Drug information provided by: Micromedex
If you will be taking this medicine for a long time, it is very important that your doctor check your progress at regular visits. This is to make sure that the infection is cleared up completely, and to allow your doctor to check for any unwanted effects. Your doctor may want to check your blood, eyes, ears, knee or ankle reflexes during or after using this medicine.
If your symptoms do not improve within a few days, or if they become worse, check with your doctor.
Chloroquine may cause vision problems. It may also cause some people to become dizzy or lightheaded. Make sure you know how you react to this medicine before you drive, use machines, or do anything else that could be dangerous if you are not able to see well. If these reactions are especially bothersome, check with your doctor.
Check with your doctor immediately if blurred vision, difficulty with reading, or any other change in vision occurs during or after treatment. Your doctor may want your eyes be checked by an ophthalmologist (eye doctor).
This medicine may cause extrapyramidal disorders (eg, dystonia, dyskinesia, tongue protrusion, torticollis). Check with your doctor right away if you have the following symptoms after using the medicine: difficulty in speaking, drooling, loss of balance control, muscle trembling, jerking, or stiffness, restlessness, shuffling walk, stiffness of the limbs, twisting movements of the body, or uncontrolled movements, especially of the face, neck, and back.
Using this medicine for a long time may cause muscle weakness. Check with your doctor right away if you have muscle weakness while using this medicine.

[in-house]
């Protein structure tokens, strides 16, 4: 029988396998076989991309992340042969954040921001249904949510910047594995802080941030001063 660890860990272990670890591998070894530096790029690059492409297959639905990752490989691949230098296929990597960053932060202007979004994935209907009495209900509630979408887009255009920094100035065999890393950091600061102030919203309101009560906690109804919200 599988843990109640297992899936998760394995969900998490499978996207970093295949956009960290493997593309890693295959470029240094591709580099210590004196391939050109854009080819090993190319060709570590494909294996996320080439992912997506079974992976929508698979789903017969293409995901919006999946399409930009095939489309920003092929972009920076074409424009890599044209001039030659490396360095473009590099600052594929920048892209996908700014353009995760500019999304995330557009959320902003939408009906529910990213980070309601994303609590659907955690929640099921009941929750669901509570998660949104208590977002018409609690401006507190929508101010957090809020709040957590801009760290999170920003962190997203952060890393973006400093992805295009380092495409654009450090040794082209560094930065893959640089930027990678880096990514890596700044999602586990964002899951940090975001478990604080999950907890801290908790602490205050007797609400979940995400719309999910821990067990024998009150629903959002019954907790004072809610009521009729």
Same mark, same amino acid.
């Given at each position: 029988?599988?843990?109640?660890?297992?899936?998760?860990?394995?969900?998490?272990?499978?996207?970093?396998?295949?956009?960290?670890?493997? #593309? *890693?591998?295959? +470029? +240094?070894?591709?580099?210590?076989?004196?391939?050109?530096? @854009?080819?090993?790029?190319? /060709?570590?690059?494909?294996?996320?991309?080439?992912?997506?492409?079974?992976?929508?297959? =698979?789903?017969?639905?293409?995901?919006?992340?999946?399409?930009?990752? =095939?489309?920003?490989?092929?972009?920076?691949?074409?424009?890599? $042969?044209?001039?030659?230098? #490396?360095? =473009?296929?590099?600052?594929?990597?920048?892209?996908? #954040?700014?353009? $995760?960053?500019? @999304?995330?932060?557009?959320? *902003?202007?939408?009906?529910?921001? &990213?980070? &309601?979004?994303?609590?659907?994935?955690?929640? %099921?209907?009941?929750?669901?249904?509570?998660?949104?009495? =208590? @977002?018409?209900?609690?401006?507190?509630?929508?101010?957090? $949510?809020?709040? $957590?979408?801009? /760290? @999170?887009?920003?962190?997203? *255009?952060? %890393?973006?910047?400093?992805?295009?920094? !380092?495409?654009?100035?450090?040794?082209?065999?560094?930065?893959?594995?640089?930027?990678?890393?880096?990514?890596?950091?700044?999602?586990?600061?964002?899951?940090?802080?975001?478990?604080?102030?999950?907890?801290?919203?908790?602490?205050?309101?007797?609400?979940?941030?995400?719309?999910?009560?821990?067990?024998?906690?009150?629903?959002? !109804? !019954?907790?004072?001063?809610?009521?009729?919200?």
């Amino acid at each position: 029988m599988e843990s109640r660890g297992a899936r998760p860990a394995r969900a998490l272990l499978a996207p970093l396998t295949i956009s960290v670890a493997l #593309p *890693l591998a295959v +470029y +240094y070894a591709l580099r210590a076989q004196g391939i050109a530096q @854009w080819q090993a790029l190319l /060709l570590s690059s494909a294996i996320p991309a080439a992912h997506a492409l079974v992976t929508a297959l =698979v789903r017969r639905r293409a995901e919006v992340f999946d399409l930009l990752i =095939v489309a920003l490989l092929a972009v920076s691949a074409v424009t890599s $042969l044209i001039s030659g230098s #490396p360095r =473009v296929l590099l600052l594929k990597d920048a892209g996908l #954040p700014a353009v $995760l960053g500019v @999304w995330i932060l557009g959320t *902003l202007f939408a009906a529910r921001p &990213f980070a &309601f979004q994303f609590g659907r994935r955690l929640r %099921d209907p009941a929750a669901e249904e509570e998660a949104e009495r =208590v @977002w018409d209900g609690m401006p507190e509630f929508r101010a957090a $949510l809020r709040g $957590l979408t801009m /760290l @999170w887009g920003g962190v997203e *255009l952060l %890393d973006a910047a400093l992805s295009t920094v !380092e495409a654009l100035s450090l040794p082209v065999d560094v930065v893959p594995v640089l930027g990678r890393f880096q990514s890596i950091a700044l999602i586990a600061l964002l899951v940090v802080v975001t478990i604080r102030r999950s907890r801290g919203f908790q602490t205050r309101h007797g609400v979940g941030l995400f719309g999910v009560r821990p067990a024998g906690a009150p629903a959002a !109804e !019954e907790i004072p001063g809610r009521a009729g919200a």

Children are very sensitive to this medicine, and accidental overdoses have occurred with small amounts of chloroquine. Keep this medicine out of the reach of children.
Check with your doctor right away if you have continuing ringing or buzzing or other unexplained noise in the ears or hearing loss while using this medicine.
While you are being treated with chloroquine, do not have any immunizations (eg, rabies vaccine) without your doctor's approval.
Avoid drinking alcohol while you are using this medicine.
Malaria is spread by the bites of certain kinds of infected female mosquitoes. If you are living in or will be traveling to an area where there is a chance of getting malaria, the following mosquito-control measures will help to prevent infection:
If possible, avoid going out between dusk and dawn because it is at these times that mosquitoes most commonly bite.
Remain in air-conditioned or well-screened rooms to reduce contact with mosquitoes.
Wear long-sleeved shirts or blouses and long trousers to protect your arms and legs, especially from dusk through dawn when mosquitoes are out.
Apply insect repellent, preferably one containing DEET, to uncovered areas of the skin from dusk through dawn when mosquitoes are out.
If possible, sleep in a screened or air-conditioned room or under mosquito netting preferably netting coated or soaked with pyrethrum, to avoid being bitten by malaria-carrying mosquitoes.
Use mosquito coils or sprays to kill mosquitoes in living and sleeping quarters during evening and nighttime hours.
Do not take other medicines unless they have been discussed with your doctor. This includes prescription or nonprescription (over-the-counter [OTC]) medicines and herbal or vitamin supplements.